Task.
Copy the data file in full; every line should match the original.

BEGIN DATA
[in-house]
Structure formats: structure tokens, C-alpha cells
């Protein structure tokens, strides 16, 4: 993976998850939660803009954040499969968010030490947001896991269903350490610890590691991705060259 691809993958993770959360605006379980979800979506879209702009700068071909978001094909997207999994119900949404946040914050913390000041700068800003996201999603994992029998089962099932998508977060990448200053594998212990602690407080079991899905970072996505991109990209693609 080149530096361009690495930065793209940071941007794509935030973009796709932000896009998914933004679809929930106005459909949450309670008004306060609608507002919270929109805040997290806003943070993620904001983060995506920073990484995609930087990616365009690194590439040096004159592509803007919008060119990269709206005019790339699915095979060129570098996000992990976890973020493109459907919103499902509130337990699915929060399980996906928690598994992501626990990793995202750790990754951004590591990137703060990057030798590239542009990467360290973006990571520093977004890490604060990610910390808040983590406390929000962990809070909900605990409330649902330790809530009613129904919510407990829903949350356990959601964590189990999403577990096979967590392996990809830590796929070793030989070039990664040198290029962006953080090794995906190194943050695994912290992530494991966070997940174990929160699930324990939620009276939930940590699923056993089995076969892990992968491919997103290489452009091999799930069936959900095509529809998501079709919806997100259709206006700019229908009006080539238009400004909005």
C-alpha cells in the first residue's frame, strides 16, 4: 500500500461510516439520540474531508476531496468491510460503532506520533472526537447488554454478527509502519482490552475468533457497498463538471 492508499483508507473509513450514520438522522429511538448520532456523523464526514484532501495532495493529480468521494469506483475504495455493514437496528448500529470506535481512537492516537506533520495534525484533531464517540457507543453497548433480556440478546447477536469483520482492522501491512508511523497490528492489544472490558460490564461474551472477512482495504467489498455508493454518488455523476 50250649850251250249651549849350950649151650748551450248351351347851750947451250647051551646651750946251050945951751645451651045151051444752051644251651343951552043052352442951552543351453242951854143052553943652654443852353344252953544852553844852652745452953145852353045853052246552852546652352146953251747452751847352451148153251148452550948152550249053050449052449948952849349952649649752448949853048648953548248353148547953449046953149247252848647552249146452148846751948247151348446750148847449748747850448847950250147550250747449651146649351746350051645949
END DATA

[in-house]
Structure formats: structure tokens, C-alpha cells
């Protein structure tokens, strides 16, 4: 993976998850939660803009954040499969968010030490947001896991269903350490610890590691991705060259 691809993958993770959360605006379980979800979506879209702009700068071909978001094909997207999994119900949404946040914050913390000041700068800003996201999603994992029998089962099932998508977060990448200053594998212990602690407080079991899905970072996505991109990209693609 080149530096361009690495930065793209940071941007794509935030973009796709932000896009998914933004679809929930106005459909949450309670008004306060609608507002919270929109805040997290806003943070993620904001983060995506920073990484995609930087990616365009690194590439040096004159592509803007919008060119990269709206005019790339699915095979060129570098996000992990976890973020493109459907919103499902509130337990699915929060399980996906928690598994992501626990990793995202750790990754951004590591990137703060990057030798590239542009990467360290973006990571520093977004890490604060990610910390808040983590406390929000962990809070909900605990409330649902330790809530009613129904919510407990829903949350356990959601964590189990999403577990096979967590392996990809830590796929070793030989070039990664040198290029962006953080090794995906190194943050695994912290992530494991966070997940174990929160699930324990939620009276939930940590699923056993089995076969892990992968491919997103290489452009091999799930069936959900095509529809998501079709919806997100259709206006700019229908009006080539238009400004909005």
C-alpha cells in the first residue's frame, strides 16, 4: 500500500461510516439520540474531508476531496468491510460503532506520533472526537447488554454478527509502519482490552475468533457497498463538471 492508499483508507473509513450514520438522522429511538448520532456523523464526514484532501495532495493529480468521494469506483475504495455493514437496528448500529470506535481512537492516537506533520495534525484533531464517540457507543453497548433480556440478546447477536469483520482492522501491512508511523497490528492489544472490558460490564461474551472477512482495504467489498455508493454518488455523476 50250649850251250249651549849350950649151650748551450248351351347851750947451250647051551646651750946251050945951751645451651045151051444752051644251651343951552043052352442951552543351453242951854143052553943652654443852353344252953544852553844852652745452953145852353045853052246552852546652352146953251747452751847352451148153251148452550948152550249053050449052449948952849349952649649752448949853048648953548248353148547953449046953149247252848647552249146452148846751948247151348446750148847449748747850448847950250147550250747449651146649351746350051645949